by Mark Silva
Sen. John McCain, a former prisoner of war who suffered torture at the hands of his North Vietnamese captors, said today that President Bush should veto a bill that would prohibit the CIA from using waterboarding and other harsh interrorgation techniques on prisoners.
McCain, an outspoken opponent of waterboarding, voted against the bill, which would limit the CIA to using only 19 interrogation techniques listed in the Army field manual. He maintains that waterboarding is already illegal, but that the CIA should not be precluded from using other legal measures in its interrogation of suspected terrorists.
"I knew I would be criticized for it," McCain said of his vote today, while campaigning in Ohio. "I think I can show my record is clear. I said there should be additional techniques allowed to other agencies of government as long as they were not" torture.
"I was on the record as saying that they could use additional techniques as long as they were not cruel, inhumane and degrading treatment," McCain said. "So the vote was in keeping with my clear record of saying that they could have additional techniques, but those techniques could not violate" international rules against torture.''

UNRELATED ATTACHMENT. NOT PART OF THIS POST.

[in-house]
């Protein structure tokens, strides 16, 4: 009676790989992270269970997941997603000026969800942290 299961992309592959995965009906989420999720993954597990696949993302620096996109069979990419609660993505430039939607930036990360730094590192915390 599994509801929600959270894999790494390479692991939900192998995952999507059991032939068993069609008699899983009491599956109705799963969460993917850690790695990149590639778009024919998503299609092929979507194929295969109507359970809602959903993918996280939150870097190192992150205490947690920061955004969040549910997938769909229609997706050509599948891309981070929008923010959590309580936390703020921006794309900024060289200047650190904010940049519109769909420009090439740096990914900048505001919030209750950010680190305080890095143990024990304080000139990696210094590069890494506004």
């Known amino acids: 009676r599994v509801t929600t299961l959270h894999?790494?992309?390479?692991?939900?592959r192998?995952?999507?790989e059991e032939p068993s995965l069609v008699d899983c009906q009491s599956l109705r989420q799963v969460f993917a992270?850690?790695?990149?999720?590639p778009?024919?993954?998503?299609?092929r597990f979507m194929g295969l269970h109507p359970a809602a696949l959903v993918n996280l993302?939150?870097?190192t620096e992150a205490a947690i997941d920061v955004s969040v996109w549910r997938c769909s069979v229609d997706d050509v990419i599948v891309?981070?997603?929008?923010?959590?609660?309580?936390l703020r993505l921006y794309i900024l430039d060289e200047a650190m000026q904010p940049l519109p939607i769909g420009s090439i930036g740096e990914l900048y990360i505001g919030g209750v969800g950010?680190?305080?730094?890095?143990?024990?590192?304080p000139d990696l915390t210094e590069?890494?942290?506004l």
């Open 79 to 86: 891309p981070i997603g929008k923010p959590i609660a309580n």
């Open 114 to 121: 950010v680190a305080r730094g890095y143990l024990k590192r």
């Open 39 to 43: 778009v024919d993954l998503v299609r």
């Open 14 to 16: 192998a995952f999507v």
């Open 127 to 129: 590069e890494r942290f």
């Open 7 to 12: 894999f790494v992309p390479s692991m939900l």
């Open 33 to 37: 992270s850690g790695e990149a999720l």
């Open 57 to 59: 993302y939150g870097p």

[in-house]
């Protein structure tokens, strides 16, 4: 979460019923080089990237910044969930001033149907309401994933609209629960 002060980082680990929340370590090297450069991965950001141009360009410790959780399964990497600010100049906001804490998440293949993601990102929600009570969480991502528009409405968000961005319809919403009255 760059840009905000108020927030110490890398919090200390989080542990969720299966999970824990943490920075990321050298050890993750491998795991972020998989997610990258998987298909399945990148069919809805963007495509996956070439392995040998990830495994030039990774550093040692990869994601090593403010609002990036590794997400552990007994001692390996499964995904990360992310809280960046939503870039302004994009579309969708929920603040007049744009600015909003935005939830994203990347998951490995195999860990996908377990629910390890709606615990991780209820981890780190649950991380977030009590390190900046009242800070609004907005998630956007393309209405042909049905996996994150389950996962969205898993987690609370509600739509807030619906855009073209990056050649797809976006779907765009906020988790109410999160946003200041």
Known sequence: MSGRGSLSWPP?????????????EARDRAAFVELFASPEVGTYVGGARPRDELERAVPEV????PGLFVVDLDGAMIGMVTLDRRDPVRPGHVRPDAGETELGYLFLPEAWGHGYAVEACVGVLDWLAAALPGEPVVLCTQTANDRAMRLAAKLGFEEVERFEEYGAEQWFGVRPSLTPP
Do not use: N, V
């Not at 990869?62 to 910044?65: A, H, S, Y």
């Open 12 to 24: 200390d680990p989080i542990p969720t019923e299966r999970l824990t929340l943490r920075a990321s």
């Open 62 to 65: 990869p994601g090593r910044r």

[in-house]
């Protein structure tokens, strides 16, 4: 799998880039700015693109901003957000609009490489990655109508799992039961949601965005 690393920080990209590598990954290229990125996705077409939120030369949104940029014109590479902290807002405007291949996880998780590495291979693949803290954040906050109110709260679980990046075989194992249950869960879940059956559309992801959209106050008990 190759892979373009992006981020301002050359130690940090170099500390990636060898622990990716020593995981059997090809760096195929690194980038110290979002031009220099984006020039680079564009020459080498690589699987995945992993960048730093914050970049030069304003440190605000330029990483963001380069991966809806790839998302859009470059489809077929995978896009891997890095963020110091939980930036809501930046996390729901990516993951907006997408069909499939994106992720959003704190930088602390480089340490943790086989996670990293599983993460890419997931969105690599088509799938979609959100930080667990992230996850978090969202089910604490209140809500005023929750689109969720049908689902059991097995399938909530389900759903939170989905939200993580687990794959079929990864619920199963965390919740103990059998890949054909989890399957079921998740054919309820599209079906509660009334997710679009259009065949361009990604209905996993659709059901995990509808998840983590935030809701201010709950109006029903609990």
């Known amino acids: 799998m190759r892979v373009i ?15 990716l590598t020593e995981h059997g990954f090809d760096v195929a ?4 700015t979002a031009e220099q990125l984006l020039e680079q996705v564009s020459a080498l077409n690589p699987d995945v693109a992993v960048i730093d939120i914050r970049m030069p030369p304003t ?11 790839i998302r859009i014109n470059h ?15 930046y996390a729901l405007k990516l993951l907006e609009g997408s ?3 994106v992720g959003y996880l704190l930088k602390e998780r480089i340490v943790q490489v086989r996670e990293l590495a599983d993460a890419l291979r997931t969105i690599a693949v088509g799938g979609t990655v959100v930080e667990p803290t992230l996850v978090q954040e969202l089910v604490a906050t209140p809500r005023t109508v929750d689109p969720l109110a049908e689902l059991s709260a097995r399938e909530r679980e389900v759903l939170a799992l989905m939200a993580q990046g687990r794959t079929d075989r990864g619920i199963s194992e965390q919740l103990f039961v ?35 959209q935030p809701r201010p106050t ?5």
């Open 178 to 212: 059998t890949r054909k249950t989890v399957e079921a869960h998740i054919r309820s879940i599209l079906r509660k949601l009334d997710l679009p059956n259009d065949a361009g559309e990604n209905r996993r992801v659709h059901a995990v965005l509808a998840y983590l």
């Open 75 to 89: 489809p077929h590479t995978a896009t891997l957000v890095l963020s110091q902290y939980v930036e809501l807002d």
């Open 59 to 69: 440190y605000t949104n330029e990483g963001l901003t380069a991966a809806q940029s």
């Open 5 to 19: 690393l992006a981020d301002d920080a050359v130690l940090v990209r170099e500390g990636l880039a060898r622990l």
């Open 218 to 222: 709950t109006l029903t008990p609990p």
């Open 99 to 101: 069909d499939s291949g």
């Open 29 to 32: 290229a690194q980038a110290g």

Bush has said he will veto the legislation, which bars the CIA from using waterboarding, sensory deprivation or other harsh coercive methods to break a prisoner who refuses to answer questions. Those practices were banned by the military in 2006. The vill cleared the House in December, and the Senate approved it last week.
One of the measure's supporters, Sen. Chuck Schumer (D-N.Y.) maintains that if the president vetoes the measure "he will be voting in favor of waterboarding."
McCain said this about bills which he might oppose as president: If he is elected, he will veto any measure to which he objects, rather than attaching "signing statements'' which Bush has used to enable his administration to override some of the requirements of many bills which he has signed. "I think if you disagree with a law, you have a constitutional right to veto that, authority to veto that," McCain said today.
The Associated Press contributed to this report.